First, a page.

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02 September 2015

The Net Investment Income Tax (NIIT) has been in effect since 2013. It provides for an additional surtax on investment income for taxpayers with MAGI over a threshold specific to their tax filing status. I have found that most people do not understand the NIIT. Probably because it is new and because the IRS description is written like this:

For the Net Investment Income Tax, modified adjusted gross income is adjusted gross income (Form 1040, Line 37) increased by the difference between amounts excluded from gross income under section 911(a)(1) and the amount of any deductions (taken into account in computing adjusted gross income) or exclusions disallowed under section 911(d)(6) for amounts described in section 911(a)(1). In the case of taxpayers with income from controlled foreign corporations (CFCs) and passive foreign investment companies (PFICs), they may have additional adjustments to their AGI. See section 1.1411-10(e) of the final regulations.

Clear as mud.

Let me try to break this down to make it understandable. There are 4 elements to the NIIT:

  • Statutory MAGI Thresholds
  • Calculating your MAGI
  • Definition of Net Investment Income
  • Determining the lesser amount to be taxed

First let's look at the statutory MAGI thresholds:

Federal Filing Status  MAGI Threshold Amount
 MFJ and QW  $250,000
 Single and HoH  $200,000
 MFS  $125,000

If your MAGI is above the applicable threshold amount for your filing status, you will owe the Net Investment Income Tax on Net Investment Income. Note: these threshold amounts are not indexed for inflation, so each year more and more taxpayers will find themselves paying NIIT.

Calculating MAGI. MAGI for the NIIT is your AGI plus any amounts excluded as foreign earned income, income from controlled foreign corporations, or income from passive foreign investment companies. Most taxpayers do not have income from foreign sources, so in most cases the NIIT MAGI will just be the same as AGI.

Definition of Net Investment Income. Net Investment Income includes interest, dividends, capital gains, rental income, non-qualified annuities, trust income, and passive business income (i.e. limited partnerships). There are a few others listed on form 8960, but the sources of income listed above will cover 98% of taxpayers. If you have other forms of investment income you are probably sophisticated enough to know what they are and their impact on your NIIT.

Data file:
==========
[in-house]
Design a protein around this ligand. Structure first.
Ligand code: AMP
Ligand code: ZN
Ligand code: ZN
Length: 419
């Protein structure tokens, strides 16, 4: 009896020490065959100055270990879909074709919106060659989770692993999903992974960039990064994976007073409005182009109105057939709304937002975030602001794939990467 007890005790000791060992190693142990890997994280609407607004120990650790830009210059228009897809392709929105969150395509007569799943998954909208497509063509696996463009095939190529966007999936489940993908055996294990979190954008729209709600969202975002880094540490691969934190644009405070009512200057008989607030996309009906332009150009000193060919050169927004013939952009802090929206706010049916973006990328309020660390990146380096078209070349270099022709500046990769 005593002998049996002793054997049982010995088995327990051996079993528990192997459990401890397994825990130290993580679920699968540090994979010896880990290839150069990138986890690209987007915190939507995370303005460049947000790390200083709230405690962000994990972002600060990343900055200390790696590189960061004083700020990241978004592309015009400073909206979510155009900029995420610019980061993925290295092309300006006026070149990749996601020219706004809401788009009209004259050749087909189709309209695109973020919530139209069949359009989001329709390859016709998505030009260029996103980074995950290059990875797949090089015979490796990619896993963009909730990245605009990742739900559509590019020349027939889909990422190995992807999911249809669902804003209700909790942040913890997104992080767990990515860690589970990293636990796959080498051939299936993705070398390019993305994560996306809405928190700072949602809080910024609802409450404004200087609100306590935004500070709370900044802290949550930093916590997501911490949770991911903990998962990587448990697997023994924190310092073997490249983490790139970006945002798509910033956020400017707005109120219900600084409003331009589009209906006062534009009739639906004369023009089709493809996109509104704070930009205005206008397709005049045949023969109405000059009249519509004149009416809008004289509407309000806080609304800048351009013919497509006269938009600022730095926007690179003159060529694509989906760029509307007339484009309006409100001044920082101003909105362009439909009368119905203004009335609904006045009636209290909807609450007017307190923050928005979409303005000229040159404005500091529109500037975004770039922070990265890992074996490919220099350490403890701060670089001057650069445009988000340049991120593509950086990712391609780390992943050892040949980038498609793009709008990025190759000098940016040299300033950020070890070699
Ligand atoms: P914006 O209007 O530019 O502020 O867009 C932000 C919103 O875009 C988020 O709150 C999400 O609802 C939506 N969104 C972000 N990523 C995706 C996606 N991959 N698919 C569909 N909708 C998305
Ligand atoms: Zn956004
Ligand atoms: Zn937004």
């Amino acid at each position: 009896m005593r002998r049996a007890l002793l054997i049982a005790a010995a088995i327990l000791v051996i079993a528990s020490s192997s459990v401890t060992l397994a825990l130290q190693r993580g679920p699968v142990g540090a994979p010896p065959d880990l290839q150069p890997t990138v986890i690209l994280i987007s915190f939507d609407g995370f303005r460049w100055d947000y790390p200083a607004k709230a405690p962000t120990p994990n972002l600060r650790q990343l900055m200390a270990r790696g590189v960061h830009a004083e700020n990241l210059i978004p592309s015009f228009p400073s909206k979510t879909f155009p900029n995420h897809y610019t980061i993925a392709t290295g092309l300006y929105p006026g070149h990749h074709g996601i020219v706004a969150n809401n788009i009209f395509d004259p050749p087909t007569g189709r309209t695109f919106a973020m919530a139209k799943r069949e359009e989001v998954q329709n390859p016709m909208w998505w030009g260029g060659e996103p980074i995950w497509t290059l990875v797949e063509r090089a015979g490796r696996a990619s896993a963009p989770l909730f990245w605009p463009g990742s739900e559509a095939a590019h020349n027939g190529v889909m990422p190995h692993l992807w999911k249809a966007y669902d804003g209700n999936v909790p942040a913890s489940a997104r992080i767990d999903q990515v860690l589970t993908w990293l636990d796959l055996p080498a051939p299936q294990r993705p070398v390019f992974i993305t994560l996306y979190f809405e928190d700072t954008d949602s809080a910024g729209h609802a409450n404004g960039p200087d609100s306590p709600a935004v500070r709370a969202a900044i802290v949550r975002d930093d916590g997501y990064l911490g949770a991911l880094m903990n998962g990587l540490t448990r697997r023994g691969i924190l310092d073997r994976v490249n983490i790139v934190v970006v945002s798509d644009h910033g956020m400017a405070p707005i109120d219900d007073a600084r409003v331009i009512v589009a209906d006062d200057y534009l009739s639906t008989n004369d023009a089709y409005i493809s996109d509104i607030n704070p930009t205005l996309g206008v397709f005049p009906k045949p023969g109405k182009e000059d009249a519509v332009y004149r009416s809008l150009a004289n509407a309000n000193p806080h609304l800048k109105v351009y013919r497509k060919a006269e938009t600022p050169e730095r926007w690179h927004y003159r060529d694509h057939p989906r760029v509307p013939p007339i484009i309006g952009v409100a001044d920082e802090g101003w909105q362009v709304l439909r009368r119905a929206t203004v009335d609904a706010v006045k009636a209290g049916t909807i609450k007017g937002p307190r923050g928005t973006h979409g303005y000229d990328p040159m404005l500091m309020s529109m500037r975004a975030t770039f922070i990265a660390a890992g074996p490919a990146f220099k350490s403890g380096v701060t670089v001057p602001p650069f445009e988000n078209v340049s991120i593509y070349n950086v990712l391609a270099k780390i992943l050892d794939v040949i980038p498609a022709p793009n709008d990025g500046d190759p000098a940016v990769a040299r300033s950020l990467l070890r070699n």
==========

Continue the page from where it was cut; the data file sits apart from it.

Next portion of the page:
Last, but not least, you have to determine which is the lesser amount - your Net Investment Income, or the amount by which you exceed your MAGI threshold. Let's look at a few scenarios.

Don is single and his only source of income is the rents he collects on the dozen houses he owns. He collected $93,000 in rental income in 2014. He had no adjustments to income. His MAGI for NIIT purposes is $93,000. This is below Don's statutory MAGI threshold. He does not owe NIIT.

Janice is single and earned $190,000 in salary in 2014. She also had interest income, capital gains, and dividends totaling $36,000. She had no adjustments to income. Her MAGI for NIIT purposes is $226,000. The threshold for her filing status is $200,000, which she exceeds by $26,000. We need to compare that amount ($26,000) to her Net Investment Income, which is $36,000. Janice will have to pay NIIT on the lesser of those two amounts - $26,000.

Thomas and Traci are married and file jointly. Thomas earned $140,000 in salary in 2014. Traci earned $155,000 in salary. They also has $1,600 in CD interest. They took a $2,500 adjustment for student loan interest paid. Their MAGI for NIIT purposes is $294,100 [$140,000 + $155,000 + $1,600 - $2,500]. They exceed the NIIT threshold for their filing status by $44,100. Their Net Investment Income was $1,600. They will owe NIIT on the lesser amount of $1,600.

Jeff is single. When his father passed he left Jeff a trust that generated $310,000 of income to Jeff in 2014. Jeff had no other sources of income and no adjustments to income. His MAGI exceeds the threshold for his filing status by $110,000. He has $310,000 of Net Investment Income. He will pay NIIT on the lesser amount of $110,000.

The Net Investment Income Tax is another reason to get as much of your investment portfolio as possible into tax-qualified accounts where it does not count as income. If you would like some advice on how to do that, come see me.



Information in the Tax Blog is current as of the day it was posted. Tax laws change frequently, and it is likely that as time passes acts of Government will make some of the older blog content out of date.

The information provided is for education purposes only. It is general in nature and may not pertain to the Reader's situation. Every taxpayer's circumstances are unique. Reader's are urged to do some research or talk to a tax professional before acting on any of the information posted in this blog.

Paul D. Allen is a proud member of the National Association of Enrolled Agents, the National Association of Tax Professionals the Financial Planning Association of Hampton Roads, and the National Association of Personal Financial Advisors. You can read more about Paul's background here.

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Common Acronyms

ACTC - Additional Child Tax Credit

AGI - Adjusted Gross Income

AMT - Alternative Minimum Tax

APTC - Advanced Premium Tax Credit

AOC - American Opportunity Credit

CTC- Child Tax Credit

EIC - Earned Income Credit

HoH - Head of Household

LLC - Lifetime Learning Credit

MFJ - Married Filing Jointly

MFS - Married Filing Separately

MAGI - Modified Adjusted Gross Income

PIM - Plan of Intended Movement

PTC - Premium Tax Credit

QC - Qualifying Child

QHEE - Qualifying Higher Education Expenses

QR - Qualifying Relative

QW - Qualifying Widow(er)


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